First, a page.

Report: Air Pollution Implicated In 1.2 Million Chinese Deaths In 2010

Air pollution sucks.

According to fresh analysis of the 2010 Global Burden of Disease Study, which breaks out region-specific data for China, open-air pollution was involved in 1.2 million premature deaths in China in 2010.

That's about 40% of the number of similar deaths that year around the globe, which highlights China's problem with air pollution (as China doesn't have 40% of the world's people living there).

The research places "ambient particulate matter pollution" as the fourth death risk factor in China, with smoking leading the pack. Pollution like China's ranked seventh on the report's global death risk list.

Air pollution in China is a contentious issue that's also highly politicized inside the country because massive industrial growth is underpinning the rapidly growing Chinese economy. Dangerous smog is the result.

The issue is so bad that earlier this year an entrepreneur started selling cans of fresh air, and has inspired efforts like the Float Beijing pollution-sensing kite project.

[Image: Flickr user freddie boy]

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  • John Friedman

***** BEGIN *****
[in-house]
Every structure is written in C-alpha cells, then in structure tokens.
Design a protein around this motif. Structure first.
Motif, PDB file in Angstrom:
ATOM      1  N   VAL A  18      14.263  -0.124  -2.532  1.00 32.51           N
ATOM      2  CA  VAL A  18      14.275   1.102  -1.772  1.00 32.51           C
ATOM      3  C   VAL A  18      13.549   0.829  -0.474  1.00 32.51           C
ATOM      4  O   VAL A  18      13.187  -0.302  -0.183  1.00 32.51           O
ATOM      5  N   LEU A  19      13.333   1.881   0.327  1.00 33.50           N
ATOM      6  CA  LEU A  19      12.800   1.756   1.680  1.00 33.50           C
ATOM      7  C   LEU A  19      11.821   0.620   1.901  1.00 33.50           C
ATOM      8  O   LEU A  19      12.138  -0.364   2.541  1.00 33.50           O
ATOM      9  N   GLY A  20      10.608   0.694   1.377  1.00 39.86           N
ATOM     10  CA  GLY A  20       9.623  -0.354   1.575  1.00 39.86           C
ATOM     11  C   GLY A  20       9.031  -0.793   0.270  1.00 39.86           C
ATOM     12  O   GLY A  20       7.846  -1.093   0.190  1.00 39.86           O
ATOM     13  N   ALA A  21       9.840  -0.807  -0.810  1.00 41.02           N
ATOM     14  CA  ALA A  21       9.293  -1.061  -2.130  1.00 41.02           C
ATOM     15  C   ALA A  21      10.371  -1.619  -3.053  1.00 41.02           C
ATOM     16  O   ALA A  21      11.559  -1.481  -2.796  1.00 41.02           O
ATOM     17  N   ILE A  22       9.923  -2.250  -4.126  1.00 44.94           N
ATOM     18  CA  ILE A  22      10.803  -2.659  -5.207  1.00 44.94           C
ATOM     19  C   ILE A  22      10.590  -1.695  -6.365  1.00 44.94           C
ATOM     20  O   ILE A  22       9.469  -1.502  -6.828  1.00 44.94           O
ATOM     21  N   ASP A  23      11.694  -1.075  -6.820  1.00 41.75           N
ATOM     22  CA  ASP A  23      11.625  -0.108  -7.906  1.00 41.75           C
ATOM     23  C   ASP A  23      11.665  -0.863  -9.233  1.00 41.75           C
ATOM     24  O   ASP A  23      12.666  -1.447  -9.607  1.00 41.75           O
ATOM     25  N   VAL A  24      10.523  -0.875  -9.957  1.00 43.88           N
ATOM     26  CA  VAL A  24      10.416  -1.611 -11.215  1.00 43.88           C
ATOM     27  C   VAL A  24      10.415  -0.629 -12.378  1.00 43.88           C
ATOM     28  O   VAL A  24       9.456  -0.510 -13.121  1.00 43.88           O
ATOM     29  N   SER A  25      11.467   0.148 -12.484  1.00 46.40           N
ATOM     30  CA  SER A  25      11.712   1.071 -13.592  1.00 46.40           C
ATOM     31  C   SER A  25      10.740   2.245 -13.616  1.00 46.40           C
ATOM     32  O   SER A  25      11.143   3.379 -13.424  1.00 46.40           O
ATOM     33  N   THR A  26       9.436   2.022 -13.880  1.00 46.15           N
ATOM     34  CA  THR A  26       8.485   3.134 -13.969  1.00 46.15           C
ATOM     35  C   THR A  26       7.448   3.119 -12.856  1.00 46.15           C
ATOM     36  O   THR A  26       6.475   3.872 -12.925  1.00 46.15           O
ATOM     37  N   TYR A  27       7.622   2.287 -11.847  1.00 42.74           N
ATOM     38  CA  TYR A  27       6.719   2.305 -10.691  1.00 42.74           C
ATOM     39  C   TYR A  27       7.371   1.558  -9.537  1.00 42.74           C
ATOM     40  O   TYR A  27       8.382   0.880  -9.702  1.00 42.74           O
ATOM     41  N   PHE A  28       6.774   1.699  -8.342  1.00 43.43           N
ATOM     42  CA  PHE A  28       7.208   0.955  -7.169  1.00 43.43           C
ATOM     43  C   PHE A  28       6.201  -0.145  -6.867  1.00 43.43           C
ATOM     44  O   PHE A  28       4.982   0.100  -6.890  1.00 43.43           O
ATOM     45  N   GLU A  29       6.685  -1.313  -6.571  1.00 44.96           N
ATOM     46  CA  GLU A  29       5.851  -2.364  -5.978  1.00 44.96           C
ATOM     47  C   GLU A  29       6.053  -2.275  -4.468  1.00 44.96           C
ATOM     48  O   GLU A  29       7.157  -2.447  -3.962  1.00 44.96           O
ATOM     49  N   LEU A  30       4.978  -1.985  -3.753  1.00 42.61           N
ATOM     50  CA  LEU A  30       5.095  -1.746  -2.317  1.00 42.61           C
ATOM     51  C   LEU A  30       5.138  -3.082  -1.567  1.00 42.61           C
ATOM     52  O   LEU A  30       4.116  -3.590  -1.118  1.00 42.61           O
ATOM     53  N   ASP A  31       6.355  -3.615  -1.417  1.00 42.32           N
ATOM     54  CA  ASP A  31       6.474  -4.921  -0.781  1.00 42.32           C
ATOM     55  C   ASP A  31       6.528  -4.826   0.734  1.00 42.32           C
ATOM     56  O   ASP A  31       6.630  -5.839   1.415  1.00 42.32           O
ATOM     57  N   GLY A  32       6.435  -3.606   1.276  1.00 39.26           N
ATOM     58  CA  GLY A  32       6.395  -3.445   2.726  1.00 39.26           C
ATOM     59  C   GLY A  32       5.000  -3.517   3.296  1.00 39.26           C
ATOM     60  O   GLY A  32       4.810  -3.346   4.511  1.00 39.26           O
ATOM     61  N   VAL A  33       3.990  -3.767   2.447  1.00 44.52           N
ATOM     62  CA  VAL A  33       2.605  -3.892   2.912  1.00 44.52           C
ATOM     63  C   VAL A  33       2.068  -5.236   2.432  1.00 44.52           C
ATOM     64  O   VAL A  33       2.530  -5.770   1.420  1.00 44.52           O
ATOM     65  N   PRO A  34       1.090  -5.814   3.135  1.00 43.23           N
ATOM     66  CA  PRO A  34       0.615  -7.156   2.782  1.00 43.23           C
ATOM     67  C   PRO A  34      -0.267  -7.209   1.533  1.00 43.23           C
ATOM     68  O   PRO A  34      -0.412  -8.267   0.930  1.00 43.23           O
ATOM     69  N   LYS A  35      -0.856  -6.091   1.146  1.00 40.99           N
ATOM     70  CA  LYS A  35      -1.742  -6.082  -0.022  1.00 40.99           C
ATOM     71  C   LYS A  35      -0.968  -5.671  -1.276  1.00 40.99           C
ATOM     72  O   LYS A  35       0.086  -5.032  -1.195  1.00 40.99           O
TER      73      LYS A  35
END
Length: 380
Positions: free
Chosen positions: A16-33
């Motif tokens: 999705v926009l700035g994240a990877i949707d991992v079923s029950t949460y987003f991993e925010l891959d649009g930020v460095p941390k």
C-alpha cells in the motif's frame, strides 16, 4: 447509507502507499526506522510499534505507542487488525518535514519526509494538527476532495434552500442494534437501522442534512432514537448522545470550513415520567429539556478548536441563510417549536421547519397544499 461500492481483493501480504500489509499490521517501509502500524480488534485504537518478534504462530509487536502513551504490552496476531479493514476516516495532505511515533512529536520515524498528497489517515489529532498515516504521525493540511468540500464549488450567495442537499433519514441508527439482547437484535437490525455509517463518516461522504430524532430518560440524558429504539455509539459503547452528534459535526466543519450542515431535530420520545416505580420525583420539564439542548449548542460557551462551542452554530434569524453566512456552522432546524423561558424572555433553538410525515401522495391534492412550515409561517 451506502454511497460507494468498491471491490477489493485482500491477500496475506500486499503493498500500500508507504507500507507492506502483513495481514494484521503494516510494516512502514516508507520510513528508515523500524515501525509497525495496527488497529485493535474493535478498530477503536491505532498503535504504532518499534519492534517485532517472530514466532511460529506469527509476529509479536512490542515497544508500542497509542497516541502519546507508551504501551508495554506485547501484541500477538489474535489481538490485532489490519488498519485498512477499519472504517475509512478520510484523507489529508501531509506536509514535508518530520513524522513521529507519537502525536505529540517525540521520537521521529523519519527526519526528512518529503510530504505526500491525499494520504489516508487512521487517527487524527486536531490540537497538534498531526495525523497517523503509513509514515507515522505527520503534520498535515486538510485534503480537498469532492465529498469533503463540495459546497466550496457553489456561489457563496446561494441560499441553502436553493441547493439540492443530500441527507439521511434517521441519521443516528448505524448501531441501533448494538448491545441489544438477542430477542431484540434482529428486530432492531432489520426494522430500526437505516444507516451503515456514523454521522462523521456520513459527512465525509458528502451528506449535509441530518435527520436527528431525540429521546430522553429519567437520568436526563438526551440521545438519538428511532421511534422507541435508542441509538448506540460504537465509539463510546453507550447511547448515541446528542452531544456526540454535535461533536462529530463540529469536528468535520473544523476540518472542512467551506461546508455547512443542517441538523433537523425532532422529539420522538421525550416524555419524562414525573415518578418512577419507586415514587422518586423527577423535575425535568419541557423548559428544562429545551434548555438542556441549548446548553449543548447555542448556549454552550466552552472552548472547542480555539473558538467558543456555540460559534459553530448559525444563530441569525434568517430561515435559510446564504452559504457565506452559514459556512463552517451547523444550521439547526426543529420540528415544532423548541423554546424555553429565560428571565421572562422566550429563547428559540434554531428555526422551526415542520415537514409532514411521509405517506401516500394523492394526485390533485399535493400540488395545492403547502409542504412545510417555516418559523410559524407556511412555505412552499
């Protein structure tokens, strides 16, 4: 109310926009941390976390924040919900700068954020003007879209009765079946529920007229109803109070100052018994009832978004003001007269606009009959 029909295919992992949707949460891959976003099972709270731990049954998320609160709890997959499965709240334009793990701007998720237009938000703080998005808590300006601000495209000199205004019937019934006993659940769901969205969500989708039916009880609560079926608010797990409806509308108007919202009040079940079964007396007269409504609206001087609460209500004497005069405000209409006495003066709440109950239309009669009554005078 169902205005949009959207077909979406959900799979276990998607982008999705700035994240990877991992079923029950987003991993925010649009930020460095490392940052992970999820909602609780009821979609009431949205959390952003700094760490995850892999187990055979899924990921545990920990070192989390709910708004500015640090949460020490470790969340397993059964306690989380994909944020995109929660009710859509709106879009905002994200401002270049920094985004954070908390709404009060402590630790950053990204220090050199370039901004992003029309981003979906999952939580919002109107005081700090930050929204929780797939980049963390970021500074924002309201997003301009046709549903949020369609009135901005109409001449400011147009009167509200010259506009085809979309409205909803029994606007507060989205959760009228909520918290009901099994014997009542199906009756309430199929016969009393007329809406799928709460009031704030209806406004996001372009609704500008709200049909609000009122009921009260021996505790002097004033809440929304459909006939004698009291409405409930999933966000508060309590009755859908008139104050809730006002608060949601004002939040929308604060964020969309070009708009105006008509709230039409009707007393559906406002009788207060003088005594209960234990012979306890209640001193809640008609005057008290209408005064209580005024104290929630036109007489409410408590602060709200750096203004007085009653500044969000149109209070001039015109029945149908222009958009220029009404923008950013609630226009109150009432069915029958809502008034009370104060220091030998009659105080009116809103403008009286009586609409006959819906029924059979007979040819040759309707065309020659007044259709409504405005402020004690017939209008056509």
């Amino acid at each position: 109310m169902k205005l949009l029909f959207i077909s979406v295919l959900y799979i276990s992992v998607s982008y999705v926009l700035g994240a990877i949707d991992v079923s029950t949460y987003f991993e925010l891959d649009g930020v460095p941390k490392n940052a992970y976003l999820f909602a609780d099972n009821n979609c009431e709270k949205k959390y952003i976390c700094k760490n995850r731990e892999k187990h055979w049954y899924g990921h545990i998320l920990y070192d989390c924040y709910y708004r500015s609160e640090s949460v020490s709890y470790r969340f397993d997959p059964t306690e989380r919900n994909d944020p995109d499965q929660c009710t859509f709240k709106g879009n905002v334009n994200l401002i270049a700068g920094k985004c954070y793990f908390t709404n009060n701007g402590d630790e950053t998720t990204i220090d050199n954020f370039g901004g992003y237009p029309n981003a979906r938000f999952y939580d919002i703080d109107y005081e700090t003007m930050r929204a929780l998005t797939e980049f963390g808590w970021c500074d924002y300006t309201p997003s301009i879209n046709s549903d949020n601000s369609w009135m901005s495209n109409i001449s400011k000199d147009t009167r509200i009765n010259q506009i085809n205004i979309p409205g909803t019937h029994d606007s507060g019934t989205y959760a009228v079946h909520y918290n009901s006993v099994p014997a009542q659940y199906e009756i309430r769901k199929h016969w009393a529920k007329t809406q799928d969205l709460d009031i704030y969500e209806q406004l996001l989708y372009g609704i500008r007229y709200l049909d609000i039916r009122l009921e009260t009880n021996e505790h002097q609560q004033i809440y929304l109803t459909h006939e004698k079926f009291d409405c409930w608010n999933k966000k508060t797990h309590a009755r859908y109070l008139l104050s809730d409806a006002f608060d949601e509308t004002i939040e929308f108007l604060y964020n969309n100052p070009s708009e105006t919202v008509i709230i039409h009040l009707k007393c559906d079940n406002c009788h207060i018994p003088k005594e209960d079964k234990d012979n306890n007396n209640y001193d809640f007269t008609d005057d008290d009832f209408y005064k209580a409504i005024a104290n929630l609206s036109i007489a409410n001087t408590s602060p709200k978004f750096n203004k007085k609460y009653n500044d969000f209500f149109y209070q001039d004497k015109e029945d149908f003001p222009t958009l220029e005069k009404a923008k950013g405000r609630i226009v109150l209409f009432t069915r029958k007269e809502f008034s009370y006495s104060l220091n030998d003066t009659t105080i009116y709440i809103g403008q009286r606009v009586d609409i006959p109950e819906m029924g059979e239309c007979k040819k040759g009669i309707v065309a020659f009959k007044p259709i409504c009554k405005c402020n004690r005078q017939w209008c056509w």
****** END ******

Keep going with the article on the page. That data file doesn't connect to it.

Much as a magician distracts his audience from what they are doing with one hand by getting them to focus on the other, those who loudly and publicly remain skeptical about the impact of these pollutants on the environment at a macro-level cannot argue the well-established fact that, global warming aside, none of these are healthy things to breathe under any circumstances. And pumping them into our atmosphere is altering the chemical composition of the air we breathe (climate change) and what falls as rain (getting into and onto the food we eat and the water we drink).
    So let us not allow ourselves to fall for the misdirection by those who have a vested interest in dumping known poisons into our atmosphere at an ever increasing rate and instead focus on the fact that these emissions are a leading cause of death.
    Isn’t that enough of a reason to act?